Relocating abroad might not be on your bucket list at the moment, but have you ever wondered why some people move abroad and never return home? Or do you love to listen to stories about their time abroad and wish they were your own? If so, don’t waste any more time and make it happen! Don’t be like the surfer I met years ago in Hermosa Beach. He’s probably still never left California and wouldn’t have anything new to say about himself if I ran into him today.   

by Anna Lech

38 thoughts on “Anna Lech Talks Relocation Abroad

  1. Sounds like you have really lived and had many adventures. Relocation is not for everyone but your experiences are everything. I relocated from New York City to Pennsylvania after my mother-in-law passed away. We decided to buy our first home in PA. I am happy to have experienced growing up in NYC and for my kids to experience something different.

    1. I couldn’t agree with you more Christine! Moving away from home can be overwhelming and scary sometimes but you don’t know what you are missing until you take this step. I hope you’ve settled down in Pennsylvania and your kids are enjoying a less hectic lifestyle. They can always go back to NYC in the future and, if they decide to do it, your experience will come in very handy.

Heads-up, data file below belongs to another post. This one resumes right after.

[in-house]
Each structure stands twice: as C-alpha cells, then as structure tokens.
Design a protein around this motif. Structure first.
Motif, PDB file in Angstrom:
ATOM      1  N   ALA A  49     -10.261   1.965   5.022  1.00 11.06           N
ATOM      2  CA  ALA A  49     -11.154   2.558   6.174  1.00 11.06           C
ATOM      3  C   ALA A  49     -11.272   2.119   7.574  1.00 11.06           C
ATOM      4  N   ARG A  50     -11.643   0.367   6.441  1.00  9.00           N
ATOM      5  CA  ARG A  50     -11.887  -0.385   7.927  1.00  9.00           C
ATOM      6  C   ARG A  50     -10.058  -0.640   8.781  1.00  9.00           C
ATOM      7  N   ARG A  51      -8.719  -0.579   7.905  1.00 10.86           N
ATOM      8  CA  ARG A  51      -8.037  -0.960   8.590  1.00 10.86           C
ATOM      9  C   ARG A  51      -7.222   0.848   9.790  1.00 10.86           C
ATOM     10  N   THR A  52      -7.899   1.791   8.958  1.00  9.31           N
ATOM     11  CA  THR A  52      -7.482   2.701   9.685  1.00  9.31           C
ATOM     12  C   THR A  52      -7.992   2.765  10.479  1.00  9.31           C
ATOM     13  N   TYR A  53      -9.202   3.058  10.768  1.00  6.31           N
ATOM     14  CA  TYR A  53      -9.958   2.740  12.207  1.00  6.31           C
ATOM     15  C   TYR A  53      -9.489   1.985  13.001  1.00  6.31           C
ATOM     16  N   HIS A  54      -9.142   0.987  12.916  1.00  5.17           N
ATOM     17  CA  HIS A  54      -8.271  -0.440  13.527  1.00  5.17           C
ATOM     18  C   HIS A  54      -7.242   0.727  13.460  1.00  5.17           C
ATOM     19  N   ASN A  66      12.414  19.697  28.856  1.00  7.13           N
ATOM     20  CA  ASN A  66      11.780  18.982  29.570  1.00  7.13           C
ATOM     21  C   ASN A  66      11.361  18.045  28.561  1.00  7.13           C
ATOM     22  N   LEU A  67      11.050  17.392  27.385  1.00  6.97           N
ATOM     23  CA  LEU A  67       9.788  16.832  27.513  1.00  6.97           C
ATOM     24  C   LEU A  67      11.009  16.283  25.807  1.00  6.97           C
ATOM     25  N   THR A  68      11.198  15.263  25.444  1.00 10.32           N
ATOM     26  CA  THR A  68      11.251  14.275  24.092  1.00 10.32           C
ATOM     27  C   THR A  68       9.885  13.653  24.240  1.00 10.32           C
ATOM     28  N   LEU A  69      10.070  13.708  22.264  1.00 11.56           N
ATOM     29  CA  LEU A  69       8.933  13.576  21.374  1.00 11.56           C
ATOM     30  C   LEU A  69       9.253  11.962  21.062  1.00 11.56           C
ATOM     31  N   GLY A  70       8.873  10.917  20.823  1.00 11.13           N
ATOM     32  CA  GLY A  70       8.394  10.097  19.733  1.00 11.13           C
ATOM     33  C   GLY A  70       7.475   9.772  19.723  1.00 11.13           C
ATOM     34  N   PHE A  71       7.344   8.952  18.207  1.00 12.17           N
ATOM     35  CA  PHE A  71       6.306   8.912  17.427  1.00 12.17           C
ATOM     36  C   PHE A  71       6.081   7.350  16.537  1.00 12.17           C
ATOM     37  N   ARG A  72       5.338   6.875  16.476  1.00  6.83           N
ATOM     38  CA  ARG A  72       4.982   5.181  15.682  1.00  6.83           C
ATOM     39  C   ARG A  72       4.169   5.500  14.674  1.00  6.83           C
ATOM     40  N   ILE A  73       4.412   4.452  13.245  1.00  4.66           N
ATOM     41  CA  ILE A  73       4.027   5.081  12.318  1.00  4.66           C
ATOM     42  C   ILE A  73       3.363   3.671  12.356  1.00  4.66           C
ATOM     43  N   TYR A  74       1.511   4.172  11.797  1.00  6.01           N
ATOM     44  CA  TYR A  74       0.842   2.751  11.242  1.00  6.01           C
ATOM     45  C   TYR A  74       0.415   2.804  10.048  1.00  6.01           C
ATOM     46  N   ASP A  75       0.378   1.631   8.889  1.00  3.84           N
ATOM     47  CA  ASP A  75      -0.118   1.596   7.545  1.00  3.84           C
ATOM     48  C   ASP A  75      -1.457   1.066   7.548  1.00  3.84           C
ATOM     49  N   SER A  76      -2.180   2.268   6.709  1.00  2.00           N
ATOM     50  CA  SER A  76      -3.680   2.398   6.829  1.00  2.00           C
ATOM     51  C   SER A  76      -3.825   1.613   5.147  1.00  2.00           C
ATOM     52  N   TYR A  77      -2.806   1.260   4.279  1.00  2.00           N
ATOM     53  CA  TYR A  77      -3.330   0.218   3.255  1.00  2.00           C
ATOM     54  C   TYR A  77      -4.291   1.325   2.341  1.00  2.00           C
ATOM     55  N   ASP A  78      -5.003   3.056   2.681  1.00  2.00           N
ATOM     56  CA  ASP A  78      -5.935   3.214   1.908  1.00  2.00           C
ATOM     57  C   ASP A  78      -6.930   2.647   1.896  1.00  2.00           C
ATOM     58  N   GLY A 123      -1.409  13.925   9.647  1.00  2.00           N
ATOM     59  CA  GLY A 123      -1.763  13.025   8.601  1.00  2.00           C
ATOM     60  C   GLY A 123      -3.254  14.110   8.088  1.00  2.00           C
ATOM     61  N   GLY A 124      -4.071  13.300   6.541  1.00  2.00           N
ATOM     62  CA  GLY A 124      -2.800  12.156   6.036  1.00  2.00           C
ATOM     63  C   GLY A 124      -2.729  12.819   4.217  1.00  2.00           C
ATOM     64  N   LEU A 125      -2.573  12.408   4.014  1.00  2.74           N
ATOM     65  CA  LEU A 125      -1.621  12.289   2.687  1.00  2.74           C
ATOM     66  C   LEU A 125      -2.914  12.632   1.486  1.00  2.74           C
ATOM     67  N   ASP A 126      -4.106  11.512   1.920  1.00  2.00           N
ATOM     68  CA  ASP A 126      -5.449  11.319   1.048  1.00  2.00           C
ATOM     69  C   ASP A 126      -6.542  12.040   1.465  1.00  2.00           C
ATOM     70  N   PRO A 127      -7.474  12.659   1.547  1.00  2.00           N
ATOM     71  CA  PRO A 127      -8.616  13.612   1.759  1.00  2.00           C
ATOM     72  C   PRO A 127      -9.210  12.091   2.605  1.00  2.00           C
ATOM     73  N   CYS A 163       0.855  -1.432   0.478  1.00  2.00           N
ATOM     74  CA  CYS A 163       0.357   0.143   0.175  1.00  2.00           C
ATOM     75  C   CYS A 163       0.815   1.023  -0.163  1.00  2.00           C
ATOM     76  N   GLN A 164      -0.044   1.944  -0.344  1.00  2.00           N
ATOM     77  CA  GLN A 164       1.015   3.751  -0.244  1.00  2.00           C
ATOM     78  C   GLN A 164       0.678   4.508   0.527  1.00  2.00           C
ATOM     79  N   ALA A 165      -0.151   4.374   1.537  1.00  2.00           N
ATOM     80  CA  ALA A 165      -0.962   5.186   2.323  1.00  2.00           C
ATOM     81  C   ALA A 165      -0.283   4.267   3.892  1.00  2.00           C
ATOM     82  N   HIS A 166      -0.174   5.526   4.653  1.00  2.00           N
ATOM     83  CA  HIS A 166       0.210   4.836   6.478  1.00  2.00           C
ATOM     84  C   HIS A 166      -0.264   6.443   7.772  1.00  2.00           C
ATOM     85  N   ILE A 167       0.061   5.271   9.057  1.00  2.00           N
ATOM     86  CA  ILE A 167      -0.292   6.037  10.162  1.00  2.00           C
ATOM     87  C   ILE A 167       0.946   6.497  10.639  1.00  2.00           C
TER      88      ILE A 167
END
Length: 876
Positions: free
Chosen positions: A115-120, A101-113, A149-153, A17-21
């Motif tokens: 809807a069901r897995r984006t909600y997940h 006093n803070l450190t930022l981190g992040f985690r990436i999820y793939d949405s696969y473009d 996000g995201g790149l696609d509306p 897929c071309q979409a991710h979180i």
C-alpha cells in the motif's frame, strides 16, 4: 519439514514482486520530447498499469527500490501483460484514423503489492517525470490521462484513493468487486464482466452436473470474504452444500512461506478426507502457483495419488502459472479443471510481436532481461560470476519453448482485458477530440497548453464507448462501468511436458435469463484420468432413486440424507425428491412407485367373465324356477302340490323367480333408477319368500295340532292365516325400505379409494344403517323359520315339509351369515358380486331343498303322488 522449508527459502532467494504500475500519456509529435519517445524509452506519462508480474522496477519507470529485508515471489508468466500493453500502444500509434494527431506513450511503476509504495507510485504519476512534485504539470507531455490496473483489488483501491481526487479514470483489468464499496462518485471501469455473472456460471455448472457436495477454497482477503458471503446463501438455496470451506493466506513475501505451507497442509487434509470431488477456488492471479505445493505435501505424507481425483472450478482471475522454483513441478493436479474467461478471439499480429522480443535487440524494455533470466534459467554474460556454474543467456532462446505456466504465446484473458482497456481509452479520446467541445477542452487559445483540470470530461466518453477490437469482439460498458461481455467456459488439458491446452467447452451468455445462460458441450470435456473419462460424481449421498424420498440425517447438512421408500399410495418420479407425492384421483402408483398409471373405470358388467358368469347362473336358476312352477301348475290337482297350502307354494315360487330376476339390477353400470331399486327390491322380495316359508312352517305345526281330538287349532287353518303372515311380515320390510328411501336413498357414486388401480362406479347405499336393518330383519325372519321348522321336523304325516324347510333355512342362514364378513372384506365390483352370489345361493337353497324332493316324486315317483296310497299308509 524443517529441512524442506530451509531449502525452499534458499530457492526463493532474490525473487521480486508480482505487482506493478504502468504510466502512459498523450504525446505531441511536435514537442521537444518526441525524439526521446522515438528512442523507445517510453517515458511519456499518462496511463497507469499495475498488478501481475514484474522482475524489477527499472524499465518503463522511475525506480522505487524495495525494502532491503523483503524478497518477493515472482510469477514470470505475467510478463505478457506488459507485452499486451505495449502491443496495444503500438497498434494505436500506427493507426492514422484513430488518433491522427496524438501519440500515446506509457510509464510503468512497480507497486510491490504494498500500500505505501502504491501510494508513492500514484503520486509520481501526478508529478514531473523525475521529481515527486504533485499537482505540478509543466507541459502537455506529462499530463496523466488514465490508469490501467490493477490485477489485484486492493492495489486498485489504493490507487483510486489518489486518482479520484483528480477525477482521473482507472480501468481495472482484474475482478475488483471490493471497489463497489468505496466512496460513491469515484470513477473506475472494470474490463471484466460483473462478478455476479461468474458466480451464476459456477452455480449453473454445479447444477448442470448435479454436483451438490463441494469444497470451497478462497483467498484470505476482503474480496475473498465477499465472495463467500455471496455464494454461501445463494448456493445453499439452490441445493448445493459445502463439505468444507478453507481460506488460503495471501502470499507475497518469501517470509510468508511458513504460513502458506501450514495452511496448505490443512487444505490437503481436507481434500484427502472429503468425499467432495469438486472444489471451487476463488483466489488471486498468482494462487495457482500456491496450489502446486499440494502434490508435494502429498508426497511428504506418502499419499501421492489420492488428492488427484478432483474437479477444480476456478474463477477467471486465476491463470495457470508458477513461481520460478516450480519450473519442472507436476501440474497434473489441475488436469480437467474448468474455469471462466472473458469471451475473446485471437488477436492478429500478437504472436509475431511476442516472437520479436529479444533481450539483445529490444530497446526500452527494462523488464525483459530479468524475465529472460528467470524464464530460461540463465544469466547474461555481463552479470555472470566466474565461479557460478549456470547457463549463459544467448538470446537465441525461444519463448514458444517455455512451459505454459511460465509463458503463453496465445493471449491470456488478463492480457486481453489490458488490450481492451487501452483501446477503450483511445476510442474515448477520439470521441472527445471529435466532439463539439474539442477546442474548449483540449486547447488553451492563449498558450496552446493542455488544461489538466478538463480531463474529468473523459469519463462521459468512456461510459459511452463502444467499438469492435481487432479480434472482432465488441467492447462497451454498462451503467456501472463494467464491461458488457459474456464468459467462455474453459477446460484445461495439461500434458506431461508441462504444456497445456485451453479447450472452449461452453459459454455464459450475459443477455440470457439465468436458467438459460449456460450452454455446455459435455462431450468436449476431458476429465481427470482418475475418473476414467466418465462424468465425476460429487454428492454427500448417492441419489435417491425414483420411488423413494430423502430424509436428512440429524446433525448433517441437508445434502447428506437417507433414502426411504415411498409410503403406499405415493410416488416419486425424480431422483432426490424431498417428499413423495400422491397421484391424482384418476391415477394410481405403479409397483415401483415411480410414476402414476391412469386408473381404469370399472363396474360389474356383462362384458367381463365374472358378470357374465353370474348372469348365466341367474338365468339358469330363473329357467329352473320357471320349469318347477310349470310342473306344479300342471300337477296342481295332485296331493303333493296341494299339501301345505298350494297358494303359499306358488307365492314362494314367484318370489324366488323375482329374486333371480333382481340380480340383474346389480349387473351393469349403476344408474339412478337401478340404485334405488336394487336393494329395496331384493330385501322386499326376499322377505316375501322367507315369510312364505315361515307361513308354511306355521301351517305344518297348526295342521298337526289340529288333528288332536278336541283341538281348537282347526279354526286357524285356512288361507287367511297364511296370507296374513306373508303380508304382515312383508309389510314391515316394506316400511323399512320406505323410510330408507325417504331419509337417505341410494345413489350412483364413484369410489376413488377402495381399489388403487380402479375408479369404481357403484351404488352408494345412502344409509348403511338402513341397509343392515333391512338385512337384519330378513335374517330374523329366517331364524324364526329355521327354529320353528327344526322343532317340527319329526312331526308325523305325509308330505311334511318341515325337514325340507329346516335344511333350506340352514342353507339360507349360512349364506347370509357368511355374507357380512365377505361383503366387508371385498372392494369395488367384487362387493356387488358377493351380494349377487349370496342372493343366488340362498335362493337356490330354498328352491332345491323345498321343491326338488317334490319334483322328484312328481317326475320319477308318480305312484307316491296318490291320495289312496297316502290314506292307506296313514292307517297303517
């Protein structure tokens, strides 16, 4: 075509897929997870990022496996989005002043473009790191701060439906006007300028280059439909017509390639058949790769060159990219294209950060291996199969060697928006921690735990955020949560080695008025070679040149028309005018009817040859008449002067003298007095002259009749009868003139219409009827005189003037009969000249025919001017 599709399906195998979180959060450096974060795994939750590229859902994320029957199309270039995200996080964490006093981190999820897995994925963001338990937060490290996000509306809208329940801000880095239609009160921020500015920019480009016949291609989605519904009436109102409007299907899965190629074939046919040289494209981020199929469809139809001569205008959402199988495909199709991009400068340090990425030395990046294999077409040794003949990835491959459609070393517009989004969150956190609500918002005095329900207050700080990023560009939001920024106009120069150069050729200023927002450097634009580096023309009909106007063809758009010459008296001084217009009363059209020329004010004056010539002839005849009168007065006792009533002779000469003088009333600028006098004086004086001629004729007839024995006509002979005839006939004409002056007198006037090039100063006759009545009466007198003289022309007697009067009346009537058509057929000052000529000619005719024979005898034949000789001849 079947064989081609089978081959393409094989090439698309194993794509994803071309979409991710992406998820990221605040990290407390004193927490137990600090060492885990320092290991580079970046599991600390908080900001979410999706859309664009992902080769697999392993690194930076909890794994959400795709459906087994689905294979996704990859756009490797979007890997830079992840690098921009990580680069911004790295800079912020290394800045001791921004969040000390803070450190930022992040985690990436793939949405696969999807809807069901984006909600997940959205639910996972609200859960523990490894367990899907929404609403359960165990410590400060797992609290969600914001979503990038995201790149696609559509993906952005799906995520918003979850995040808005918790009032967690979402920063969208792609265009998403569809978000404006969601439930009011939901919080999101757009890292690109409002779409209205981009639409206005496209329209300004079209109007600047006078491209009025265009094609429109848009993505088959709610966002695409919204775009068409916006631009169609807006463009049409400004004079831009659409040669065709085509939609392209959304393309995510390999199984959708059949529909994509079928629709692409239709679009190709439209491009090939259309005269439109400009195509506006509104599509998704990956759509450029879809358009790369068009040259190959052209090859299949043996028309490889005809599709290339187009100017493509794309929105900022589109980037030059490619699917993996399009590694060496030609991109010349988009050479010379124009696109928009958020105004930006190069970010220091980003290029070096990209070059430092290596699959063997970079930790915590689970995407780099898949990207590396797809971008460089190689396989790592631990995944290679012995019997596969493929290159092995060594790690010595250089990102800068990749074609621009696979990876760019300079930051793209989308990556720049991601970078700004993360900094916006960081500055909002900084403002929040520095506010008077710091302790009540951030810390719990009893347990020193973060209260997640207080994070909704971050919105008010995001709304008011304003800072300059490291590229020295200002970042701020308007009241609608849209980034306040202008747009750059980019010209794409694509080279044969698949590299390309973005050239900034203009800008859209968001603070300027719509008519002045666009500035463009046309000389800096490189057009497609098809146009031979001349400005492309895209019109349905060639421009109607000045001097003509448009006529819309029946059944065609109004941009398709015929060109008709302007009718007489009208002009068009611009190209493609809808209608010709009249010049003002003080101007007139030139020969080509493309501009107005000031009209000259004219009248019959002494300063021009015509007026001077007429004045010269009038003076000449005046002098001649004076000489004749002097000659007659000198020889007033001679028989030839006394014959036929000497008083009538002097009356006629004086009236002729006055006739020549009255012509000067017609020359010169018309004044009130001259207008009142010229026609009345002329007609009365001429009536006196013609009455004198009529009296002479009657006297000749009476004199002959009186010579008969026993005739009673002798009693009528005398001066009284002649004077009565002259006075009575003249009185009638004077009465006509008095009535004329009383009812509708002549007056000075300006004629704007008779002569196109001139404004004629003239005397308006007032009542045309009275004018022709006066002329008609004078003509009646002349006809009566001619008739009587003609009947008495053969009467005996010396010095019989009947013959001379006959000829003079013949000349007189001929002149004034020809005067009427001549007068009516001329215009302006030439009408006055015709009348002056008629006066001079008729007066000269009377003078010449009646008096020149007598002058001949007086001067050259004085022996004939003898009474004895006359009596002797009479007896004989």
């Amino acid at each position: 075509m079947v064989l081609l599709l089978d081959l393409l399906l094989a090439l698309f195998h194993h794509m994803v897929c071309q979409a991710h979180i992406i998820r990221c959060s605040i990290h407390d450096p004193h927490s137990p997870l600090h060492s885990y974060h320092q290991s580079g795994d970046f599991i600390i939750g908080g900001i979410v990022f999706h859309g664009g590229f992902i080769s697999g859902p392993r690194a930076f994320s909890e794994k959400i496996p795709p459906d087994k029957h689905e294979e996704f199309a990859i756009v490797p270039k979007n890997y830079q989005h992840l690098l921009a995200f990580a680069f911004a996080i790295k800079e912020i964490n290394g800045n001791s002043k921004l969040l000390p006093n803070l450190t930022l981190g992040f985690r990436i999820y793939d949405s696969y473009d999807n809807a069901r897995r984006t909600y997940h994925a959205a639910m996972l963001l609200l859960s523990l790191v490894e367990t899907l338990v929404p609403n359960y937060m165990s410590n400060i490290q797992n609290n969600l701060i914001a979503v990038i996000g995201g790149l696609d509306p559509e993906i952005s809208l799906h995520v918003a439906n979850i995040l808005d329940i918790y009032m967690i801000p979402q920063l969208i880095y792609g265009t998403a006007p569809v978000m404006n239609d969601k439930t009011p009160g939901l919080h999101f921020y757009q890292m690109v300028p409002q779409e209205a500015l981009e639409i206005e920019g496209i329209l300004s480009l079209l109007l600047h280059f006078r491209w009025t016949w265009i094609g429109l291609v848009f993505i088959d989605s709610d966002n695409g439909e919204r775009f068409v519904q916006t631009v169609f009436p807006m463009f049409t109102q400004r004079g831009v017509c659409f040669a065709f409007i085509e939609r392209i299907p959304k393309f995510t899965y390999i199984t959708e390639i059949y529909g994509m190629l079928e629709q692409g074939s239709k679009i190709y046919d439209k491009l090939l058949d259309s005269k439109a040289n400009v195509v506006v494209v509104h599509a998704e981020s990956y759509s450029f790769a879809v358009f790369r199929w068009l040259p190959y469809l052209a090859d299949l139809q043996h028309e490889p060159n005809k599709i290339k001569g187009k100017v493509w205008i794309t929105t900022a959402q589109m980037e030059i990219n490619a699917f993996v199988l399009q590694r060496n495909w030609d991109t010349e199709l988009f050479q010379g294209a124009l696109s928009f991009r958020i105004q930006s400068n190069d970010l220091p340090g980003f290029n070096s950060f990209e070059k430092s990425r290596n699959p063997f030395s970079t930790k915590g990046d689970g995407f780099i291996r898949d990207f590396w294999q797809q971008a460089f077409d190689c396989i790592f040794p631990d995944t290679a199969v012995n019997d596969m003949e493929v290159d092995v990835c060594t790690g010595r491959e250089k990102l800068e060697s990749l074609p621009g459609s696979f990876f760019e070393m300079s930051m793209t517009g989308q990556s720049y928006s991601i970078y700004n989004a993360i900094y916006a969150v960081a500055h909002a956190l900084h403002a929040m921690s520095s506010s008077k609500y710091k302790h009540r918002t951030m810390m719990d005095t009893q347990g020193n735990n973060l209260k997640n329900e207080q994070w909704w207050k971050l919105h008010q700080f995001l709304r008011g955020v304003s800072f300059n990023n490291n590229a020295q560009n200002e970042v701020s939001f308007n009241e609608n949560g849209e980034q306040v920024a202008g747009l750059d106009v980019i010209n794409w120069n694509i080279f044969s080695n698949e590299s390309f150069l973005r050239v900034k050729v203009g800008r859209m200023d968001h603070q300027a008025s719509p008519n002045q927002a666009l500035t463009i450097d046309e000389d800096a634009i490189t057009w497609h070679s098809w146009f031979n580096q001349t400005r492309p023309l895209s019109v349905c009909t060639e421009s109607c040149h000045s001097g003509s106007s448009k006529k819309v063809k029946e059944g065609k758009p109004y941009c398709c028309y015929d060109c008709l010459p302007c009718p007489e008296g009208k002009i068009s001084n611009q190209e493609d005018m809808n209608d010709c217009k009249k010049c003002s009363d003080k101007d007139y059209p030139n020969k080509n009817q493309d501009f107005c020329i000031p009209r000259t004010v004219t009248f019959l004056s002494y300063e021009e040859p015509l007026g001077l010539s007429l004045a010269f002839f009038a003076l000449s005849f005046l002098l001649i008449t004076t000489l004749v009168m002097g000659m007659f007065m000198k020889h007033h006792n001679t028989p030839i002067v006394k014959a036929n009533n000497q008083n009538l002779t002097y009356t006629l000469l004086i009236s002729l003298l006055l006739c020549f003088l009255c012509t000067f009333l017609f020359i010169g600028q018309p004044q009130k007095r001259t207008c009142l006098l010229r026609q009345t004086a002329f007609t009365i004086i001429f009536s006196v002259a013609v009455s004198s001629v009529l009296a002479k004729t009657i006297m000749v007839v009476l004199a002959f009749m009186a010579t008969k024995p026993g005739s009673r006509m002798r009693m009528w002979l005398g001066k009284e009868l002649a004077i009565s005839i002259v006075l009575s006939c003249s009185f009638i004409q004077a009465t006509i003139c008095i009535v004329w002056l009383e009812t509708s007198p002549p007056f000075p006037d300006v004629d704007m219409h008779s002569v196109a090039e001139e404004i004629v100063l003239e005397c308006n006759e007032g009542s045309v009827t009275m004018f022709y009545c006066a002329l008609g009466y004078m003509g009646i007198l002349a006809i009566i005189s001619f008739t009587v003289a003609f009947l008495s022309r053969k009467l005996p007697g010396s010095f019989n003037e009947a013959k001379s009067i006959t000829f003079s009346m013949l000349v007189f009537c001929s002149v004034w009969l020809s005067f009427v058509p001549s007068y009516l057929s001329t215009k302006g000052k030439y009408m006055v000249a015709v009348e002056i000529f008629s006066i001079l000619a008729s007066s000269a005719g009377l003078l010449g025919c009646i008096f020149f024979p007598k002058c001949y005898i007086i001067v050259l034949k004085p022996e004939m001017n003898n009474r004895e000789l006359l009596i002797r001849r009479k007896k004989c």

2. I love your tip about not looking back and just going for it. You have to take a leap if you want to make big changes. Fantastic.

    1. Thank you Brianne. I totally agree with you! In my opinion there is no reason to looking back when it comes to relocation. Those who want to take this step need to detach themselves from the past and focus on their future.

  3. A wonderful post! Very beautifully written. I have often imagined what it would be like to relocate to another part of the world and this feeds in nicely to my imagination. I am inspired. Thank you x

    1. Thank you very much Antonia! I’m glad to have inspired you. And if you ever move to the place of your dreams in the future, don’t forget to let me know. 🙂